Ramiro Morales Hernandez, a researcher with the Autonomous University of Guerrero, estimates that upwards of 73,000 Guerrero residents emigrate to the United States every year; another large group travels to the northern Mexican border states, where they labor as low-paid farm workers for the export-oriented agricultural industry.

Some political analysts, including Cardinal Rivera, blame the economic policies of the Fox administration in particular, and the neoliberal economic model in general, for the population expulsion and a U.S.-Mexico border crisis they say is erupting into violent, inhumane, and polarizing manifestations.

Silvestre Pacheco, a Guerrero-based political commentator, said the crisis exposes the social development deficits of the NAFTA economic model. “It’s a wake-up call to the Mexican government that it hasn’t created the conditions which discourage people from going to the United States,” Pacheco contended. “In spite of the news about economic stability, it points out the failure of the economic model.” Pacheco added that the crisis over the planned border walls likewise underscores the contradiction between an economic relationship based on the free movement of commodities but not people.

Which Path, Mexico?

In its last year in office, the Fox administration shows no sign of changing course. A Mexico City meeting this month involving the foreign ministers of Mexico, Central America, the Dominican Republic, and Colombia, was officially convened to offer a joint response to Washington’s immigration policies, but the gathering ended up mostly as a ratification of more free trade and guest worker solutions. Ecuador later joined the initiative. Mexican Foreign Minister Ernesto Derbez was careful to not label the effort the start of an anti-U.S. bloc.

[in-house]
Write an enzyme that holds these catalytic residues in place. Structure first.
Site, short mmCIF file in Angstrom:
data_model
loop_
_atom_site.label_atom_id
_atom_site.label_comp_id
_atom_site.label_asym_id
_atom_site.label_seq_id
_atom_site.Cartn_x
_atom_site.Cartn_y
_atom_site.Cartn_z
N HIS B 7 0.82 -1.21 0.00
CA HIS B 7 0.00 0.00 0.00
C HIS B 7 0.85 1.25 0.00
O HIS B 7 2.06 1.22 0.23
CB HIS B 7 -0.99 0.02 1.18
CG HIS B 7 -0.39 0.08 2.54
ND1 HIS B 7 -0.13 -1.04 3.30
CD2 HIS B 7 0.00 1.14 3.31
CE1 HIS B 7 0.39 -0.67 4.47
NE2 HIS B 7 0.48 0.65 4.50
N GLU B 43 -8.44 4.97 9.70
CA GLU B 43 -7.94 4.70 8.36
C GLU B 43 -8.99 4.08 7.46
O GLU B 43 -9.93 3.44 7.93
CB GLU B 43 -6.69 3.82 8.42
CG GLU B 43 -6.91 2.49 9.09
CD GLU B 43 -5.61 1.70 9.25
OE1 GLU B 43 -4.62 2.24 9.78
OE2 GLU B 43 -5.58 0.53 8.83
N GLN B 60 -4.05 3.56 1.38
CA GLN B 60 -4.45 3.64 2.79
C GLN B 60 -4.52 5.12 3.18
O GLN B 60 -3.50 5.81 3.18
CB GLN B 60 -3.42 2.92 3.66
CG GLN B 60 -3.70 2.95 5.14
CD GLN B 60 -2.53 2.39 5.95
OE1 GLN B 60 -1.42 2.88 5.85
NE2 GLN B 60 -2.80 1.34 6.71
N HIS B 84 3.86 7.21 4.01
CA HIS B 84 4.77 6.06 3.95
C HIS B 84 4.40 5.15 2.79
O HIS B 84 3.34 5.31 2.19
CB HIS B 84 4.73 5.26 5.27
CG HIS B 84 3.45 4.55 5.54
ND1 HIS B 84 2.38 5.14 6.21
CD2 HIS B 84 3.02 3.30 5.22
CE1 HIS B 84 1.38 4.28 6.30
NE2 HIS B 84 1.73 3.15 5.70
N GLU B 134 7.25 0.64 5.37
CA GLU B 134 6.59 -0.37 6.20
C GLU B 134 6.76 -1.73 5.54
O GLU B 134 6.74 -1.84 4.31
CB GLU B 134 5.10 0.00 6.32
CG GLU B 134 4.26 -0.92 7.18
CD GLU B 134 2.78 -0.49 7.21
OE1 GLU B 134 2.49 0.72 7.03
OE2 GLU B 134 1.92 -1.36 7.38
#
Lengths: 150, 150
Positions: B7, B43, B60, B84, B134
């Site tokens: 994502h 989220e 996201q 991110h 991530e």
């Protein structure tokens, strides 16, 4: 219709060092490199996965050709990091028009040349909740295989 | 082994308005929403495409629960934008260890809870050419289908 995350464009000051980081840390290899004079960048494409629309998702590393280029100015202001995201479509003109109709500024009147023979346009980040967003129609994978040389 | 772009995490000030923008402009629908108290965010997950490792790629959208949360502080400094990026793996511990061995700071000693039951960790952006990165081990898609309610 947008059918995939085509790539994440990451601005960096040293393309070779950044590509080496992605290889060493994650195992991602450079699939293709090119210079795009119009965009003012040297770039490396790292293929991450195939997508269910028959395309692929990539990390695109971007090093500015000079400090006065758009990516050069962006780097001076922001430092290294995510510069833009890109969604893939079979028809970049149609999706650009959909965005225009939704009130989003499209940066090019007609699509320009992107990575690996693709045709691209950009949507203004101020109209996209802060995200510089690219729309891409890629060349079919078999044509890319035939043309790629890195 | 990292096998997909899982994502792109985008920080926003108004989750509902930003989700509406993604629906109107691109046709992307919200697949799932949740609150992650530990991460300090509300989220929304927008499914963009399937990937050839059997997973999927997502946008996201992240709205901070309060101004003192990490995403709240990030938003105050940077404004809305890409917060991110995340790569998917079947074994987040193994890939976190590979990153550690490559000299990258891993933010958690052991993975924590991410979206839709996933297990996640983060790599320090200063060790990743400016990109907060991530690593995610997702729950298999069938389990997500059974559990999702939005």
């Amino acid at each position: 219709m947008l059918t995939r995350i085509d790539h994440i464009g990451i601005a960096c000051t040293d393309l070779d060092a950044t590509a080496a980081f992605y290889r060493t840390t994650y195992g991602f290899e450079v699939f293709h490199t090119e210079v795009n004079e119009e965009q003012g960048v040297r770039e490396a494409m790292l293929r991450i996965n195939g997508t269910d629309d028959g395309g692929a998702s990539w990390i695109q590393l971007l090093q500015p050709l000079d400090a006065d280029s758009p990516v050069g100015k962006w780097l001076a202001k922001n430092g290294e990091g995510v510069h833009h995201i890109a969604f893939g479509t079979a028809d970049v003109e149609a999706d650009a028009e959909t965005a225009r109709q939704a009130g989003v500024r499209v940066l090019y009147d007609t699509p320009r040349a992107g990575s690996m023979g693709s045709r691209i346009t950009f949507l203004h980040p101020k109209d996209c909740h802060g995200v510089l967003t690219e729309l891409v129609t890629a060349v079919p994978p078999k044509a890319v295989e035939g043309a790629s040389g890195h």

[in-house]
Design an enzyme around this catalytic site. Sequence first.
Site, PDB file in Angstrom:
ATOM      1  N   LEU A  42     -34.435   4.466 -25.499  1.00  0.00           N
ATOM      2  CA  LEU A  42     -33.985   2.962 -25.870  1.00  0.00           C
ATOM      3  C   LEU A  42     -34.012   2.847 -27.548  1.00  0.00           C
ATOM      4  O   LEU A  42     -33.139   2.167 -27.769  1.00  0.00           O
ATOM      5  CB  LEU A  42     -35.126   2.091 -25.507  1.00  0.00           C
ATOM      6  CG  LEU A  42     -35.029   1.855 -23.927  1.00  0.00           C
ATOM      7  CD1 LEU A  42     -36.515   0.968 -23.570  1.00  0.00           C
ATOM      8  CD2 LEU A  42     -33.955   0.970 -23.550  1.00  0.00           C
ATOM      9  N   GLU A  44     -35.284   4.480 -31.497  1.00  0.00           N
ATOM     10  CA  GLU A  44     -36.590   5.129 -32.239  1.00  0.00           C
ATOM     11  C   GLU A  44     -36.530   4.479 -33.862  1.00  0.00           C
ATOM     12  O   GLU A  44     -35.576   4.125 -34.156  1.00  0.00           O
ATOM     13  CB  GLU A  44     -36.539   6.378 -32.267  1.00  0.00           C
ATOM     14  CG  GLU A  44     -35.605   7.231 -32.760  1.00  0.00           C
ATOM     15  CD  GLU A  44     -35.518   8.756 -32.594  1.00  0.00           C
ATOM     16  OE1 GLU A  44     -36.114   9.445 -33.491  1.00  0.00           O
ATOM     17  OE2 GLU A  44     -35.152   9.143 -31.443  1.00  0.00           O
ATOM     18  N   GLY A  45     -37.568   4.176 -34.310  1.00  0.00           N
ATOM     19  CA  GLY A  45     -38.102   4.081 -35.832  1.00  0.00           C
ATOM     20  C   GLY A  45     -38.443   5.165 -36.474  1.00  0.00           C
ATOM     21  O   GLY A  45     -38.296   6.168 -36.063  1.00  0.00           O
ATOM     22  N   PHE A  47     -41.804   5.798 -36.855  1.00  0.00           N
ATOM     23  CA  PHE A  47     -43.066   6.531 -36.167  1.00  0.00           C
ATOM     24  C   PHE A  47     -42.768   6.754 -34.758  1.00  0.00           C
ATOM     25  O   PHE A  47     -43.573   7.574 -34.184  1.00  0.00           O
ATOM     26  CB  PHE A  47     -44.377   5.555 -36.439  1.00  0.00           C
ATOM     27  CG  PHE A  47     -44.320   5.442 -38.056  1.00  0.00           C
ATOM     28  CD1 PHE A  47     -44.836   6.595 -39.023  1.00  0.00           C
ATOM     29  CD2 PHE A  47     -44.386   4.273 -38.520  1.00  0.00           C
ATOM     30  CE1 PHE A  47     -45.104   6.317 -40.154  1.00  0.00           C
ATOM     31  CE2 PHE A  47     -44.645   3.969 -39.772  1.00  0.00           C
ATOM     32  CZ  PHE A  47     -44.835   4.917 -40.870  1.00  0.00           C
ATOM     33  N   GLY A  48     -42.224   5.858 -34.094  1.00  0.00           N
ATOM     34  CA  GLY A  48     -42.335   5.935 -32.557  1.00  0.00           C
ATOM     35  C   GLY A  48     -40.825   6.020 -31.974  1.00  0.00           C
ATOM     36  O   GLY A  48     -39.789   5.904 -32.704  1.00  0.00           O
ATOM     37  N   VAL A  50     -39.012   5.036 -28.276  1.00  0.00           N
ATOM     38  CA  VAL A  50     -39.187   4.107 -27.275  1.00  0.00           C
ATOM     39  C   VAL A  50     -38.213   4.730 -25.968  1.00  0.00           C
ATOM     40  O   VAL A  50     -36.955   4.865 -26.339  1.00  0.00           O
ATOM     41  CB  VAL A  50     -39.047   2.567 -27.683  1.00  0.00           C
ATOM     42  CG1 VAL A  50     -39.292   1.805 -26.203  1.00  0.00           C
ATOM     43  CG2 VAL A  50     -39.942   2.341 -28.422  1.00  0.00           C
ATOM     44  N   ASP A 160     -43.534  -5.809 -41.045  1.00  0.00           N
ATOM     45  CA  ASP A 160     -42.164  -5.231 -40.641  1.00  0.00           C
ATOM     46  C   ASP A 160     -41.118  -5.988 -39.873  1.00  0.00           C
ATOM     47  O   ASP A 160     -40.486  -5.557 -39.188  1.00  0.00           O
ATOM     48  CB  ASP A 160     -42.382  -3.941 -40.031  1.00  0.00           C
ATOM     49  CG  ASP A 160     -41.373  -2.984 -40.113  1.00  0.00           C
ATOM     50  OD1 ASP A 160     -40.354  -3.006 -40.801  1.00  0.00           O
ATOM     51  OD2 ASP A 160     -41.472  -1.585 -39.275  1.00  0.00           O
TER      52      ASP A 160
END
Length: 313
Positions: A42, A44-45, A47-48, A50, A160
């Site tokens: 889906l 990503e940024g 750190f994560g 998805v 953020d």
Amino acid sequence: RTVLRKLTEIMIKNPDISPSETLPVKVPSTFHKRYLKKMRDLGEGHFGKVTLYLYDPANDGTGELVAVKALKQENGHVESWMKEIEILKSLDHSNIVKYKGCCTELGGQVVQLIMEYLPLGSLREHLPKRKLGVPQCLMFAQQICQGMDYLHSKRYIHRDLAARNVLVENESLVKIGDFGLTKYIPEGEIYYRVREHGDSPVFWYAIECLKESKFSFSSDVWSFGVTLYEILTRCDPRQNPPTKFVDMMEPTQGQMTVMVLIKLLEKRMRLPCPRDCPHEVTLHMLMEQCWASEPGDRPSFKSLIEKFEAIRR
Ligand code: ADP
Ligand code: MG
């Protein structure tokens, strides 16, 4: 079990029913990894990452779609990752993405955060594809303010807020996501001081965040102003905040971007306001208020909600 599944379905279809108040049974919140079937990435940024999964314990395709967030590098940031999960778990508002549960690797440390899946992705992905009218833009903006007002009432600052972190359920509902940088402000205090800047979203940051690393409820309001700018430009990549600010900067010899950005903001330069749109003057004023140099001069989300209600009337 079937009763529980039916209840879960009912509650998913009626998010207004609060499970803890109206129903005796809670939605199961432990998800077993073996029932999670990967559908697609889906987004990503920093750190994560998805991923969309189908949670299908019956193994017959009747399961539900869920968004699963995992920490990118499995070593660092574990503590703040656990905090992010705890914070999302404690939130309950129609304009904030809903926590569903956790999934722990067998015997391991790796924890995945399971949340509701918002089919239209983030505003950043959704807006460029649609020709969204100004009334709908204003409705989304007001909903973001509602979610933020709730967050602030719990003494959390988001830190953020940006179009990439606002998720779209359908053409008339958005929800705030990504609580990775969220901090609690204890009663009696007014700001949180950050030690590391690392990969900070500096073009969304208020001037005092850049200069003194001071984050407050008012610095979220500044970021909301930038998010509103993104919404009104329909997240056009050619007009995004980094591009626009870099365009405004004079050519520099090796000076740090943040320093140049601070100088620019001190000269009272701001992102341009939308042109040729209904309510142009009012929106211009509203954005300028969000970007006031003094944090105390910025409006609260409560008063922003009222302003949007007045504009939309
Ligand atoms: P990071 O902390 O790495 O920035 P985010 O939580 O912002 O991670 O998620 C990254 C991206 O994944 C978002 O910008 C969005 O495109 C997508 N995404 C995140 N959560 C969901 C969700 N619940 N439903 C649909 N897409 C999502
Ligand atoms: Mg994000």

President Vicente Fox and Foreign Minister Derbez remain confident that the current tensions with Washington will be smoothed over this year with the signing of an immigration accord between the United States and Mexico. Others are less optimistic. Pacheco believes that little is likely to change in the U.S.-Mexico relationship. “I think the United States has calculated what the effect will be with the wall,” Pacheco said. “The only thing that Mexico might accomplish is to prevent the wall, but it will leave the status quo intact. The United States will have more time to delay the demand for the free transit of people.”

Politically, the U.S.-Mexico border crisis is providing ample fodder for this year’s Mexican election campaign. Both the former ruling PRI and the opposition PRD parties take aim at the Fox administration for not taking a stronger stand with Washington. PRD presidential candidate Andres Manuel Lopez Obrador seized on the border wall issue to fire away at the Fox administration, and the PAN’s presidential candidate, Felipe Calderon. Lopez Obrador declared that President Fox lacks “the moral authority” to challenge Washington, because of disastrous internal economic policies that force Mexicans to migrate. As the Mexican presidential campaign gets underway, migration and its connection to domestic policies will certainly be one of the hottest-debated issues.

Kent Paterson

Freelance Journalist